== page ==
What a difference a year can make! The tones of speakers presentations at the annual press briefing by Ernest & Young LLP, New York, an event that was dominated by expectations and excitement with the beginning of a new Millennium a year ago, were still positive, but tinged with caution and a sense of urgency for change.
“The longest economic boom in U.S. history is now over,” said Beth E. Morrow, senior analyst with E&Y. The Sept. 11 terrorist attacks immediately accelerated the contraction of the U.S. economy, noted Peter R. Porrino, global and Americas director of insurance industry services at E&Y. “While the events of Sept. 11 affected all segments of the financial services industry, the insurance industry understandably was the hardest hit,” he said.
Given the difficult environment the life insurance industry is currently in, companies that have stretched their business lines thin will suffer most. “The environment is so much more difficult now,” said Morrow. “Many of them [insurers] cannot continue to fund those operations and manage the difficulties in their business.”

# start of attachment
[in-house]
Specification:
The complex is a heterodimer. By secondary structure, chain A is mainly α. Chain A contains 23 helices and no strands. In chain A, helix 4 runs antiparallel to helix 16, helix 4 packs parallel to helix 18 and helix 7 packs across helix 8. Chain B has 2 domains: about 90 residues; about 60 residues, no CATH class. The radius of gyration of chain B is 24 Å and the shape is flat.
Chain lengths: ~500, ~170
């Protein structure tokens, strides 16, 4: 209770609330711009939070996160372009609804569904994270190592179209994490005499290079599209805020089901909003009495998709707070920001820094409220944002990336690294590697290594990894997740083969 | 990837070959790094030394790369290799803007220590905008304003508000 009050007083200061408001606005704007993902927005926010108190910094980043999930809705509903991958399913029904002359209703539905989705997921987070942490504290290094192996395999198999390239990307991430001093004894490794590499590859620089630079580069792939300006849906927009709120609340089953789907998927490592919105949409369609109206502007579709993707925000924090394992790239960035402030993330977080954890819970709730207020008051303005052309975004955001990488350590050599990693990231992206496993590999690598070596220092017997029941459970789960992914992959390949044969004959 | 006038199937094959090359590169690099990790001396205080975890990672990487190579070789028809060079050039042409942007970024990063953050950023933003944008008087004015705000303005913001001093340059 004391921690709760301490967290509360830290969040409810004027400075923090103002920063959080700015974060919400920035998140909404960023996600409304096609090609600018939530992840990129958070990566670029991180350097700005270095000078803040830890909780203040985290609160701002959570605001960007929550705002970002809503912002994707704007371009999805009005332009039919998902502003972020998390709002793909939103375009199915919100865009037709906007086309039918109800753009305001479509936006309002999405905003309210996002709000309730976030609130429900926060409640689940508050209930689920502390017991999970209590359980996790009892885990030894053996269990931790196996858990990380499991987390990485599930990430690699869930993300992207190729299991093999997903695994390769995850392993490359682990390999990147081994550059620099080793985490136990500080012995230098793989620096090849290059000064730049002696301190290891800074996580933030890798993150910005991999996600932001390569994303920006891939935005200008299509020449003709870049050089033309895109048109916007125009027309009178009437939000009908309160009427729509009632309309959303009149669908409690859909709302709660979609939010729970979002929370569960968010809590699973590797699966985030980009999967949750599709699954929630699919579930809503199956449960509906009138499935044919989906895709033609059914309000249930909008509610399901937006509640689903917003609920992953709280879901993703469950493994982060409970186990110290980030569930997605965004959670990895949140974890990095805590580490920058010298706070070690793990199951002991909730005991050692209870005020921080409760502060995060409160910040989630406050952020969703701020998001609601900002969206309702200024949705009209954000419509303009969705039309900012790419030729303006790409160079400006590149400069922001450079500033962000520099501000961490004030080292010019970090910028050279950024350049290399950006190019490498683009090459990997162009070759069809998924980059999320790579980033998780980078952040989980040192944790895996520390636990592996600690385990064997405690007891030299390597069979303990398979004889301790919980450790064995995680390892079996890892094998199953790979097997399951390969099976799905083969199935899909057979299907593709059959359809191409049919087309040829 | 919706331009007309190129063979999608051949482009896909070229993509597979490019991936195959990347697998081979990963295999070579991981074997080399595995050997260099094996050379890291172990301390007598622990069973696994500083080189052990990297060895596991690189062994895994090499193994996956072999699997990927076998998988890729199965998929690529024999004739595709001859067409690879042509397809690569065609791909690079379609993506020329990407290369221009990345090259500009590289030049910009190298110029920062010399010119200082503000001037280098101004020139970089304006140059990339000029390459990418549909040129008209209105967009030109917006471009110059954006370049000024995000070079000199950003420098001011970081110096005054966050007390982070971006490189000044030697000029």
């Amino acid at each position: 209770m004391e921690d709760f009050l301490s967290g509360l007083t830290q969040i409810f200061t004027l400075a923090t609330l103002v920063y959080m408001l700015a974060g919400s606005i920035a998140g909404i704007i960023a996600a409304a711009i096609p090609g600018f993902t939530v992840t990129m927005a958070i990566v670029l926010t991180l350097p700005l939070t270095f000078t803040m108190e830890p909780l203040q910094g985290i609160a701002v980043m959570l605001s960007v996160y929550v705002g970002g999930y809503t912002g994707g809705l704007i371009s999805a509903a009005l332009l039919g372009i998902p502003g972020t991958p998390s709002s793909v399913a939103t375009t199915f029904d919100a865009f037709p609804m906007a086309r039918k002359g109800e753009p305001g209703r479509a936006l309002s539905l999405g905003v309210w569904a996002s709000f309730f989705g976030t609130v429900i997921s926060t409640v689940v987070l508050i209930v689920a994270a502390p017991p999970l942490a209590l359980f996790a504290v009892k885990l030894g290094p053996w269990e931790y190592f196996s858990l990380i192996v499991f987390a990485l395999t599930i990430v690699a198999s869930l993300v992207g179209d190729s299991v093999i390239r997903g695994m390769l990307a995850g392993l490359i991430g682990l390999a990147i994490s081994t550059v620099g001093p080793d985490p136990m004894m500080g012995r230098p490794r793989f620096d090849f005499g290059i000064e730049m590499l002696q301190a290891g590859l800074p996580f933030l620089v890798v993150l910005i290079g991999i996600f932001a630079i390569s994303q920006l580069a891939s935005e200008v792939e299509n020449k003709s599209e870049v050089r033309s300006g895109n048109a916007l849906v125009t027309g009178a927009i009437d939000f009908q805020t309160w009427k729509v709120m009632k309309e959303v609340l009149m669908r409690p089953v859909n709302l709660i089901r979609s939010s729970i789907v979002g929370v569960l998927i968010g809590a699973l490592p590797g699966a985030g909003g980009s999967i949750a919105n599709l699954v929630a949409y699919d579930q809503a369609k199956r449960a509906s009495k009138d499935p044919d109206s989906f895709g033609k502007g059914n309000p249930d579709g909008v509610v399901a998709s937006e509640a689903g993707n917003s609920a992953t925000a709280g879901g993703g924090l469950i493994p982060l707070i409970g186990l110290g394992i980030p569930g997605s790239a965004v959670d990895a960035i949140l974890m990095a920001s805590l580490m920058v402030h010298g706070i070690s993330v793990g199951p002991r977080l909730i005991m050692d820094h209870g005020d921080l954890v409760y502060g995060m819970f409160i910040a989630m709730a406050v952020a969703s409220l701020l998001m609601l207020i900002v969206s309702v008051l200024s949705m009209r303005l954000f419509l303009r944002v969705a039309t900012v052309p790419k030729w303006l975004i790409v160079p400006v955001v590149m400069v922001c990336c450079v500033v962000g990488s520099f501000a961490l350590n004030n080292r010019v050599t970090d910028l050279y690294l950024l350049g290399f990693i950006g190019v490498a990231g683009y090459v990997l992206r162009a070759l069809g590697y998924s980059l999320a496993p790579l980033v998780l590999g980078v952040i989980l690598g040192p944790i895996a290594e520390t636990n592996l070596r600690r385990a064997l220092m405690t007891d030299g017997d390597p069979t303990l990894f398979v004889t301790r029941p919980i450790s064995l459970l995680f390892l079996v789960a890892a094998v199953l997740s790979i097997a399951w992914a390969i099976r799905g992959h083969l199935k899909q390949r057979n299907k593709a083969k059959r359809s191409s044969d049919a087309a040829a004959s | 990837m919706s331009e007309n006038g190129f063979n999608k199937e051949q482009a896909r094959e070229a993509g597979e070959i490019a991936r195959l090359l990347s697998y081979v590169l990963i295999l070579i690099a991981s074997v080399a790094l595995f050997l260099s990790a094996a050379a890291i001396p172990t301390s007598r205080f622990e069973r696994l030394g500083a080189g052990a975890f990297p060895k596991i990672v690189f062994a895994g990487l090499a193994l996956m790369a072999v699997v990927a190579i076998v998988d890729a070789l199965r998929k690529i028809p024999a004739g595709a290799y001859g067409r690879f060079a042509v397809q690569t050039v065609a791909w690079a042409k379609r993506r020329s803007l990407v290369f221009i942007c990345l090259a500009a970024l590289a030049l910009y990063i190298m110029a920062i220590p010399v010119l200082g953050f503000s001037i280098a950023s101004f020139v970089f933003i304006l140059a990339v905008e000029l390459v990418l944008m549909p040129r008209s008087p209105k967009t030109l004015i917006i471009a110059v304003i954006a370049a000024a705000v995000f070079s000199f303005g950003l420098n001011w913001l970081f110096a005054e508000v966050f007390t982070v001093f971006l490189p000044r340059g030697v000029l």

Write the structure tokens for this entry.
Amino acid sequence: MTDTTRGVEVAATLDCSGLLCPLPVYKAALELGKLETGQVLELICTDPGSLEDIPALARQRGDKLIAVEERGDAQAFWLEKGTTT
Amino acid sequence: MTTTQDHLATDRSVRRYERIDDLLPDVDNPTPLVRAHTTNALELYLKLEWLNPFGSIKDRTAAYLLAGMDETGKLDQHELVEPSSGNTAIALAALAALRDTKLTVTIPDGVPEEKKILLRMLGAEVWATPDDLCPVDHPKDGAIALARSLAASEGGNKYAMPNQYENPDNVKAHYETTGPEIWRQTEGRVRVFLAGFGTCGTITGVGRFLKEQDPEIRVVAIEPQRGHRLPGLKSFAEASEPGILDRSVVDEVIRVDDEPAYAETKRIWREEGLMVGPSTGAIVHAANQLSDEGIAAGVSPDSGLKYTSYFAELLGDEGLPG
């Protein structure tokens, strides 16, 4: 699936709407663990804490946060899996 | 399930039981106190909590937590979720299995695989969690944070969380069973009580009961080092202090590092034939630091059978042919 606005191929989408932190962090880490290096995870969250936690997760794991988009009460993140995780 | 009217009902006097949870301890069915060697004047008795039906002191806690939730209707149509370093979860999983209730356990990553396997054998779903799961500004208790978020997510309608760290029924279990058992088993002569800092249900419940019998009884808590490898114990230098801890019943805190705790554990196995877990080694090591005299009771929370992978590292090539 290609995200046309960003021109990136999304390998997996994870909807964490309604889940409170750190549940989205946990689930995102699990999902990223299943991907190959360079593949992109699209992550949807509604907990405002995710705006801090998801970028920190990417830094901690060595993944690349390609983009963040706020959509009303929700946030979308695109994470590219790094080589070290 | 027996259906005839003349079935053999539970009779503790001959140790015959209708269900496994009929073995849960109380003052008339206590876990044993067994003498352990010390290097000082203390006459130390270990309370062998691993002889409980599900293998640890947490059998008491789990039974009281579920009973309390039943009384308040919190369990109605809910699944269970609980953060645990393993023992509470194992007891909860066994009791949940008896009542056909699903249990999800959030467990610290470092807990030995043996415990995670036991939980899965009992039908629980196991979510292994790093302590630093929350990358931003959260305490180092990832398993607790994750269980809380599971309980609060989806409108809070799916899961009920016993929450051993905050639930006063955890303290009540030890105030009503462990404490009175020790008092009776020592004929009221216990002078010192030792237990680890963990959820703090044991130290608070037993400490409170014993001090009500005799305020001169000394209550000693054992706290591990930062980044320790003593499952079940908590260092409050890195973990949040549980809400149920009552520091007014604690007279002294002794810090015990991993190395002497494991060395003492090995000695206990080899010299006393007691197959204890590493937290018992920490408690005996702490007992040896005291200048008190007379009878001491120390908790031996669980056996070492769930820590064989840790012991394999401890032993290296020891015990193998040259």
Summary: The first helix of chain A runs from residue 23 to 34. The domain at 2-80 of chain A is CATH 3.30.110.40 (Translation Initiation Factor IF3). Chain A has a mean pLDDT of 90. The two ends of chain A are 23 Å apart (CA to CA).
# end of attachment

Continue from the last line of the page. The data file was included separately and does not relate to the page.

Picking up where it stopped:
The time is ripe for life insurers to improve operational efficiency, rather than revenue growth. It isnt that size does not matter, but what especially matters is scale within your business, she noted. Scale refers specifically to volume in a particular business line,” Morrow explained.
Morrow pointed out that specialization could be more important to midsize and small life insurers than big players. “Second-tier insurers can do better if they focus on a certain market, business line or region instead of spending their energy all over the place.”
In the past, mutual ownership status helped life insurers avoid efficiencies necessary in capital markets where stiff competition was underway, noted Morrow.
“Insurance companies have believed they need an individual operation, a group insurance operation and a pension operation,” she said. While the rest of the financial services industry has streamlined its operations and pursued specialization in the past decade, life insurers stretched themselves thin, explained Morrow.
However, that will change in the future because “it is now more difficult to get capital and more difficult to manage your portfolio,” she noted.
Reproduced from National Underwriter Life & Health/Financial Services Edition, November 26, 2001. Copyright 2001 by The National Underwriter Company in the serial publication. All rights reserved.Copyright in this article as an independent work may be held by the author.